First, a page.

Best method for lighting

Hello all,

I am wondering what you guys think the best method for creating lights in a Blender game is. Lights meaning for bulbs for lamps, side paneling, sci-fi doors, ect.

I have come to doing it in three ways, but I am pretty newb at Blender when it comes to optimal performances in the run-time. So I am not sure which of these three is best, hoping you guys can help me see the light.

Method 1) Directly using the lamp features in Blender and positioning them/tweaking settings to make them match what I want.

Method 2) Using the radiosity settings to create desire effect, baking them as a texture, then putting them onto the models for use in BGE.

Method 3) Using the node compositer to create a a lightbulby type effect.

Which of these three methods would you guys consider most optimal in the long run for run-time performance and gives the best more realistic result?

If you know of a better method then those, please share as well.


Do you mean lighting, or representation a meterial that seems to emit light?

In CG lights are invisible, but effects objects around them.

As you are defining “best” towards the performance (processing speed), use as less dynamic lights as possible. Baked lighting just eats memory but not more processing time.

Light bulbs are pretty simple with an shadeless material.

So something like this (a google image that is not my blend):

Is what I mean. I guess this would be considered a material that is made to seem like it is emitting light.

My game is survival horror based, so good ominous lighting is very important to create good shadows and such. You explained that the more dynamic the lighting the slower it will be, which is in other words saying the more instances of built in blender lamps the slower the processing speed, am I correct?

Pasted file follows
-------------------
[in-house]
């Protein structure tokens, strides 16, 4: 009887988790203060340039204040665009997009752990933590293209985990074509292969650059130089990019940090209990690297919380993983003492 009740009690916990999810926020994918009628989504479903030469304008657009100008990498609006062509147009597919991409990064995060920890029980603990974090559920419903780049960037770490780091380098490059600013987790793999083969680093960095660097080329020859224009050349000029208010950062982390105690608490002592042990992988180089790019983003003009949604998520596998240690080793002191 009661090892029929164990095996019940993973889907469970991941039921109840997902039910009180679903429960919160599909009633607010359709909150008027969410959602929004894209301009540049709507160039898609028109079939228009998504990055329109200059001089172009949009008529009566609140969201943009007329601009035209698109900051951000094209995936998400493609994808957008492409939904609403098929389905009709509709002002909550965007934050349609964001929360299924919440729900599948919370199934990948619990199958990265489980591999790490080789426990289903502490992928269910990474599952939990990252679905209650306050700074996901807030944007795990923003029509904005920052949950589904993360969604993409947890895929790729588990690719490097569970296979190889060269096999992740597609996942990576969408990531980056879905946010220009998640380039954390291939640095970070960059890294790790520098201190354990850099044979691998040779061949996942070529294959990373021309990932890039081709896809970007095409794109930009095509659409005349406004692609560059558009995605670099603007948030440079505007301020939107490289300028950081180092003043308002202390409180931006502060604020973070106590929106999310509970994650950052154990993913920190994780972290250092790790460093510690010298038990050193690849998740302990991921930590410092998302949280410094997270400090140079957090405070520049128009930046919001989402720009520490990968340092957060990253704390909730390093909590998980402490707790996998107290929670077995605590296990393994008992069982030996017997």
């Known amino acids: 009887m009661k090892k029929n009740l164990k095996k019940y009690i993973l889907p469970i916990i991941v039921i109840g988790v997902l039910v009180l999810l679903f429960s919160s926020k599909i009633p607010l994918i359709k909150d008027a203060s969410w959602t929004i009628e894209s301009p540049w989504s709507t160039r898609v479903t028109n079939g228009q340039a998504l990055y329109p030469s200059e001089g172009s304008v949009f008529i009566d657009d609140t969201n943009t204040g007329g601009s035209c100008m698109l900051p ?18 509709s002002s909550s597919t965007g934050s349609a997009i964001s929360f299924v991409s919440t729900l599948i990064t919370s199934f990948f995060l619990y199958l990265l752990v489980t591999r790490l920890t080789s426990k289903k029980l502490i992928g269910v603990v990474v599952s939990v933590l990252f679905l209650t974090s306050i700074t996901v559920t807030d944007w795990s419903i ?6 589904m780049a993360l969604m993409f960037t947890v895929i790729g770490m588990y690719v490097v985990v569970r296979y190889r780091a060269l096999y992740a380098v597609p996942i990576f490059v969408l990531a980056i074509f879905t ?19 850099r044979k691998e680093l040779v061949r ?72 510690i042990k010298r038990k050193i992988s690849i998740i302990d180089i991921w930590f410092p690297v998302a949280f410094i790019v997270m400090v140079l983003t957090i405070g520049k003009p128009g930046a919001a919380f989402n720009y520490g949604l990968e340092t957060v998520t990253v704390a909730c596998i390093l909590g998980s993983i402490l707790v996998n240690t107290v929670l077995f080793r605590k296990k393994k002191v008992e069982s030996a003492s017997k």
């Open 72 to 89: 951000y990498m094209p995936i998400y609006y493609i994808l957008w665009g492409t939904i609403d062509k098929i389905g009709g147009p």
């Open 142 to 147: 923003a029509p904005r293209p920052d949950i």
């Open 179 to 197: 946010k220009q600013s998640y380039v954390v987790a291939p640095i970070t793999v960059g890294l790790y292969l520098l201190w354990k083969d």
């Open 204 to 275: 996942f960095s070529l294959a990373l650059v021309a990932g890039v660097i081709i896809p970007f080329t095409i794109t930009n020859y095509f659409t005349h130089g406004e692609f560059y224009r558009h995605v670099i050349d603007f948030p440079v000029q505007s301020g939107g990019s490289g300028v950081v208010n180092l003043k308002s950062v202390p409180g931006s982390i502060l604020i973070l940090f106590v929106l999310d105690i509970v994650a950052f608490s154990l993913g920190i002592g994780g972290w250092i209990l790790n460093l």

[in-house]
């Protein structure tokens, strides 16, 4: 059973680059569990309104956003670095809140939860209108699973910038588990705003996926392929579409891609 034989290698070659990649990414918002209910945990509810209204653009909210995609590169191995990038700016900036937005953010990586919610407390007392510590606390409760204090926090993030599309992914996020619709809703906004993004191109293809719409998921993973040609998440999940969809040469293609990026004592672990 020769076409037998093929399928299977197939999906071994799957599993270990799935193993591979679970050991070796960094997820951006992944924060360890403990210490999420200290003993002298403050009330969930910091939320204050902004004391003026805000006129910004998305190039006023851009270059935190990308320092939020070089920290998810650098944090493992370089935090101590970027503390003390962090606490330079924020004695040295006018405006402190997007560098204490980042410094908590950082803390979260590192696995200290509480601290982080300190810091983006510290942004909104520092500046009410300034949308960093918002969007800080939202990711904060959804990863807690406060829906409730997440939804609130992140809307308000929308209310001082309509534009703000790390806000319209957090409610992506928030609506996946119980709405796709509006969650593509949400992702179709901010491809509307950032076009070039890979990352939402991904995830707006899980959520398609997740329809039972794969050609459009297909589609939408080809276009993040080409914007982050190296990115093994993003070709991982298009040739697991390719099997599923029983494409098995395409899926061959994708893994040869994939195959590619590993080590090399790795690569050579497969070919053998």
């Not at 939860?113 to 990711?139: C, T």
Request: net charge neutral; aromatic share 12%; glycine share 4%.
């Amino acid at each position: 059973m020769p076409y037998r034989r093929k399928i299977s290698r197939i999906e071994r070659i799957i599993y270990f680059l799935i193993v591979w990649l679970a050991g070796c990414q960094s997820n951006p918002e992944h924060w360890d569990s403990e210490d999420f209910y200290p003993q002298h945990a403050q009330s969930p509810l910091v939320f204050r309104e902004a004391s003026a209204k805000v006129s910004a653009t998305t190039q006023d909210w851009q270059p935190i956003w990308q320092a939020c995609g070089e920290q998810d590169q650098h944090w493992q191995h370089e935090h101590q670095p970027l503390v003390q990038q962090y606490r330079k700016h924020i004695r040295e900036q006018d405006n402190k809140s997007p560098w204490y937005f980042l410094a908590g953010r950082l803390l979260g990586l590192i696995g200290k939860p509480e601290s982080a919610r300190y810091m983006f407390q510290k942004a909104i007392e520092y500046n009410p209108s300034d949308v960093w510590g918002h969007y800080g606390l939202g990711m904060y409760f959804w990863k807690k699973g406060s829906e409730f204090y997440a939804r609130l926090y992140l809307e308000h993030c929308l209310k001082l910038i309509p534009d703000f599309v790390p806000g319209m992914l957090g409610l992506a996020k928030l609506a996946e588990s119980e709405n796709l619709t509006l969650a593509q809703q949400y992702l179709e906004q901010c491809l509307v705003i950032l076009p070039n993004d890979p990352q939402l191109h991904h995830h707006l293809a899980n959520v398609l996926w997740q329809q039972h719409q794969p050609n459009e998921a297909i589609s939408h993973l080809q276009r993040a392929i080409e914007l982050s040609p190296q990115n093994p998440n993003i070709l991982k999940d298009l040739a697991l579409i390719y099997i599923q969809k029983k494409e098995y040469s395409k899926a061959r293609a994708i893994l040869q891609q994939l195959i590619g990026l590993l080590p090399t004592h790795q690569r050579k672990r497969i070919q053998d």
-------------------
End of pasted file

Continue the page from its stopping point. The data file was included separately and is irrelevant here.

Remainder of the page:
I’m concerned because to create the intense lighting with realistic shadows I would think to use spot or point lamps in blender, which if I am understanding you correctly trying to use a ton of them would make the game essentially slow way down. Is there some kind of work around for this?

Always remember this: Game graphics are just illusions. That isn’t actually a light object emitting a blue glow, but rather a combination of separate elements to create the illusion of it seeming that way. Here’s a breakdown of how to recreate this in the bge (from what I can see):

  1. Light mesh (emit set to 1 or shadeless white)
  2. Blue spot lights or a point light set to a light-blue colour
  3. A set of halo textures that are set to face the camera at all times (blurry circle with an alpha channel)
  4. SSAO (Screen Space Ambient Occlusion) 2D Filter to fake shadows.
  5. Bloom 2D Filter

I have never heard of these before, how would I use ether an SSAO filter or a Bloom filter?

How would these effect processing speed though?

I wouldn’t use spotlights or point lights for such a small light source, myself - maybe if objects were likely to be lit up by it, but not really otherwise.

@Damutantman - You’d plug them into the 2D filter actuator set to a Custom Shader. They would pull on the Rasterizer’s speed, of course. How much depends on how complex the shaders are or how powerful your computer is. Depending on the complexity of your scene, how you arranged the individual pieces (i.e. if they’re merged together a lot), and your graphics card’s power, you would be able to use them fine.